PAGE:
23 Nov 21
Winchester 1984 and the 30-30 Cartridge:
The rimmed 30 WCF (“Winchester Center Fire”), which a short time later became generally known as the “30-30″ (“30-caliber bullet in front of 30 grs of powder”), initially marketed by Winchester in 1895, was among the first sporting cartridges to use smokeless propellant, from its inception. There was never a black-powder version of the 30-30.
Over seventy percent of Winchester’s 1894 lever-action rifles produced were chambered for 30WCF. A Browning design, the 1894, with its improved lock-up and transfer-bar ignition, was the first smokeless-powder-cartridge-firing rifle of the Winchester lever-gun series, and by far the most popular. In fact, it is the most popular commercial rifle ever produced in the USA!
The 30-30 cartridge, and rifles chambered for it, are currently produced, and continue to enjoy popularity among American sportsmen to this day.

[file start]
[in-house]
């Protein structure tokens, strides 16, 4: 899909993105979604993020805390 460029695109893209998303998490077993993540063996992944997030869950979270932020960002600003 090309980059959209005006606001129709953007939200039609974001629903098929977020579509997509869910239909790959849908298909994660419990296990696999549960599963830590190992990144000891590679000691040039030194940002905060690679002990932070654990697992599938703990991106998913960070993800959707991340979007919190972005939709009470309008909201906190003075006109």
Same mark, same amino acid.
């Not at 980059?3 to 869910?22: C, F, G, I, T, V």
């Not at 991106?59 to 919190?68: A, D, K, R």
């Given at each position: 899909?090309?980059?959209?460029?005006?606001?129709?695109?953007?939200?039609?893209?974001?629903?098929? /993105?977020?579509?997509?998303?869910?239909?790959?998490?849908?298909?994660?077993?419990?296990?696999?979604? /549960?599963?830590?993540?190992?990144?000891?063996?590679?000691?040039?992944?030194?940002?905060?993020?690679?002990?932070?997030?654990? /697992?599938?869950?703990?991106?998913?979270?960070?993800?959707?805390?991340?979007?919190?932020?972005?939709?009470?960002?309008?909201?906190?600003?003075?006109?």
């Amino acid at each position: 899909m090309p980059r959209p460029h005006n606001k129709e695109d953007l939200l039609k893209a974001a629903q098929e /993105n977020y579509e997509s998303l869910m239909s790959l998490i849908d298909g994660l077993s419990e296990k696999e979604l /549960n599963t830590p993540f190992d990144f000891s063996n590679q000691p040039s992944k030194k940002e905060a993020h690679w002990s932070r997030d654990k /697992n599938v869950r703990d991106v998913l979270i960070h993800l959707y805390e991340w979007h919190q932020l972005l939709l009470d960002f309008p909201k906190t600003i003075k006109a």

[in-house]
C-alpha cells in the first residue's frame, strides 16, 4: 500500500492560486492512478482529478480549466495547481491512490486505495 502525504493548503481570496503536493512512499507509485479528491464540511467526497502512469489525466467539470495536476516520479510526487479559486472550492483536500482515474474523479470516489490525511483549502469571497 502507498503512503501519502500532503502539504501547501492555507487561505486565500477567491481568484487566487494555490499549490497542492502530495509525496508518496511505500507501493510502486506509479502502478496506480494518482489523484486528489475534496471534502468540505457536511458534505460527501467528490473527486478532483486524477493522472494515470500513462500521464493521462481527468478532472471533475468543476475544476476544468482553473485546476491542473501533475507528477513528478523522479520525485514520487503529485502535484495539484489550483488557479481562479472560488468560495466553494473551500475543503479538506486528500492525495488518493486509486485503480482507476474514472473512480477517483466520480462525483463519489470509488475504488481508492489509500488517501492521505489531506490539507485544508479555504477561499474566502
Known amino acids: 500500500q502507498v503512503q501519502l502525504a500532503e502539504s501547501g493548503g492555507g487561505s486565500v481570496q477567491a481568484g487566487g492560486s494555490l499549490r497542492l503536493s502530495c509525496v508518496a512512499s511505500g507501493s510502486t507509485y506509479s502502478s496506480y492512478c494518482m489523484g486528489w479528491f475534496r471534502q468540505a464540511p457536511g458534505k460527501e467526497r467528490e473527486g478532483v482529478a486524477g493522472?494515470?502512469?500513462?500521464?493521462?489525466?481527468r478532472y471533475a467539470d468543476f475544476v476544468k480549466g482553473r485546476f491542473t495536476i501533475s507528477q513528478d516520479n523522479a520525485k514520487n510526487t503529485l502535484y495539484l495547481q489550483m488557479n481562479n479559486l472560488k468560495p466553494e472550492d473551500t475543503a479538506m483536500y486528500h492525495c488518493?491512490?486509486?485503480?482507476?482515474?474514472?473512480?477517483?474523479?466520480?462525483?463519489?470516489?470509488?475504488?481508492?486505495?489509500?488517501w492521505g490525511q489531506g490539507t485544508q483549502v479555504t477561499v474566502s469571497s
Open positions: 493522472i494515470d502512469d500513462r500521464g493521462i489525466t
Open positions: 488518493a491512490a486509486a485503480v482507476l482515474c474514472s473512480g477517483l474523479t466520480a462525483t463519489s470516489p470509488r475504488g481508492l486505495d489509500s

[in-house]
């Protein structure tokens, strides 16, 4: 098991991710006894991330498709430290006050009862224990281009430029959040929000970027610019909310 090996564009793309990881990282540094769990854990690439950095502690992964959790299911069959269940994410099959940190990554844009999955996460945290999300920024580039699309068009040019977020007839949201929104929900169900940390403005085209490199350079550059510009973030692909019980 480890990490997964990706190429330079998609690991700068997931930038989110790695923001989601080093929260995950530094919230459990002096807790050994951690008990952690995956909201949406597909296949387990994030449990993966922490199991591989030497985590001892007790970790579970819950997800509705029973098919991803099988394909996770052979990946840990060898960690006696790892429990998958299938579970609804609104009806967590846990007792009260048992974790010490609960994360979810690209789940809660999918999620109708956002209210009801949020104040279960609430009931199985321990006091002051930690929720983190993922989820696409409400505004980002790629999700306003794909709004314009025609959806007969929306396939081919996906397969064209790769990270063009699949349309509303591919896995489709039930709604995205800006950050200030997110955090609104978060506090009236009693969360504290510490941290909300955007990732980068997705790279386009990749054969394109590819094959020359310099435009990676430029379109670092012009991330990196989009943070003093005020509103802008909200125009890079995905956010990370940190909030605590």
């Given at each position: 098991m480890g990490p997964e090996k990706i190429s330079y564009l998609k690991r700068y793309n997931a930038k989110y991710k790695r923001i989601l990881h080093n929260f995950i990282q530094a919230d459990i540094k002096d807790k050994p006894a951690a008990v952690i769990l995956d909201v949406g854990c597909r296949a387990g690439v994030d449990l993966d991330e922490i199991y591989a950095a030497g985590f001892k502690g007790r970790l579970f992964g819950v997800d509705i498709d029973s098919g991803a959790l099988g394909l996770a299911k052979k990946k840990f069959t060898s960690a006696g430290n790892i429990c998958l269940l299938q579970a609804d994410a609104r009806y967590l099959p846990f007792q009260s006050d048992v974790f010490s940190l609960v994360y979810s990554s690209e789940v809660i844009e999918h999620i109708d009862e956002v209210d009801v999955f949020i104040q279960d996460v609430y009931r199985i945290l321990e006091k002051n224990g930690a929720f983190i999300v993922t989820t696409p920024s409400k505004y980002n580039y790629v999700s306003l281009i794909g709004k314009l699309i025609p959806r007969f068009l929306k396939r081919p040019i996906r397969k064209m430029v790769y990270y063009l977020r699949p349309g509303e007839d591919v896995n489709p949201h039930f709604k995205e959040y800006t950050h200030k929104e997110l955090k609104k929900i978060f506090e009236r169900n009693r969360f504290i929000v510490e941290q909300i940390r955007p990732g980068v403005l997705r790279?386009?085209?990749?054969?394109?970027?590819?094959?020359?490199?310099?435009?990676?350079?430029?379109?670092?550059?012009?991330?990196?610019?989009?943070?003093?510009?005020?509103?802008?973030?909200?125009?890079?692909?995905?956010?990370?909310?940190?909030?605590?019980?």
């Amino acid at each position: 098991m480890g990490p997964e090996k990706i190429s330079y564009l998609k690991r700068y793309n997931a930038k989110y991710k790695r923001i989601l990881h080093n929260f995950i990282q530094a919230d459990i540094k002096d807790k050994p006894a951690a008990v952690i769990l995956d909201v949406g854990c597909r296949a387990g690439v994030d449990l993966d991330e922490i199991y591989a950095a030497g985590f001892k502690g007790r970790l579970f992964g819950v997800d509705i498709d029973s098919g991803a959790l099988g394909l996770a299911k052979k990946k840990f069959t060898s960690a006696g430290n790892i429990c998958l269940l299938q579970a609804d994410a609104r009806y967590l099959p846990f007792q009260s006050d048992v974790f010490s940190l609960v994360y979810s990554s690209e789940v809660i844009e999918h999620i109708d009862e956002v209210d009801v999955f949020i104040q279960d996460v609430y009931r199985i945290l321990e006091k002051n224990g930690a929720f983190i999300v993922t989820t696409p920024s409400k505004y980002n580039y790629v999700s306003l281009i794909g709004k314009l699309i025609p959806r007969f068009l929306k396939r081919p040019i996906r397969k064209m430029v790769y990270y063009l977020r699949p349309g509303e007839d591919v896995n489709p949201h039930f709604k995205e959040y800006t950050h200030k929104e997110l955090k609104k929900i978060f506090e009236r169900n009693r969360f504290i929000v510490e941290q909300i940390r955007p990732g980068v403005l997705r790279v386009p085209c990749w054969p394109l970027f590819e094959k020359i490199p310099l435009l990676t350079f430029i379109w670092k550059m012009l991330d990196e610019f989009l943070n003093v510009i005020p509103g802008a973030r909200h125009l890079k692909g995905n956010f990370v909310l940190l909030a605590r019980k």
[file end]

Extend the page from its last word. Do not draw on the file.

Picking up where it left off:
Sharps Rifle Company, famous for their iconic single-shot rifles, went out of business in 1881, unable to compete with Winchester!
Yet, neither the 30-30 cartridge, nor lever-action rifles in general, despite the latter’s wide-spread use among both frontiersmen and plains Indians during the 19th Century, ever garnered the slightest interest from American war planners, except as noted below.
Winchester lever-guns did see significant military use with Russians, Ottomans, and a few South American countries in the decades prior to WWI.
American Spruce lumber was in high demand during WWI for aircraft construction and was, like rubber, considered a critical war-time commodity.
This is because spruce does not splinter when hit by bullets!
In America, aircraft and aircraft construction were at the time under the control of the US Army Signal Corps, as most were used, at least initially, just for observation.
1894 Winchester lever-action rifles, chambered for 30WCF (30-30), purchased by the US Army Signal Corps during WWI, and subsequently issued to “Spruce Battalions” to protect the logging industry in the northwest, were affectionately called “Spruce Guns.”
Of the 1800 “Spruce Guns” produced by Winchester and delivered to the Signal Corps, most were surplussed after the War, and many, still perfectly functional, reside in private hands today!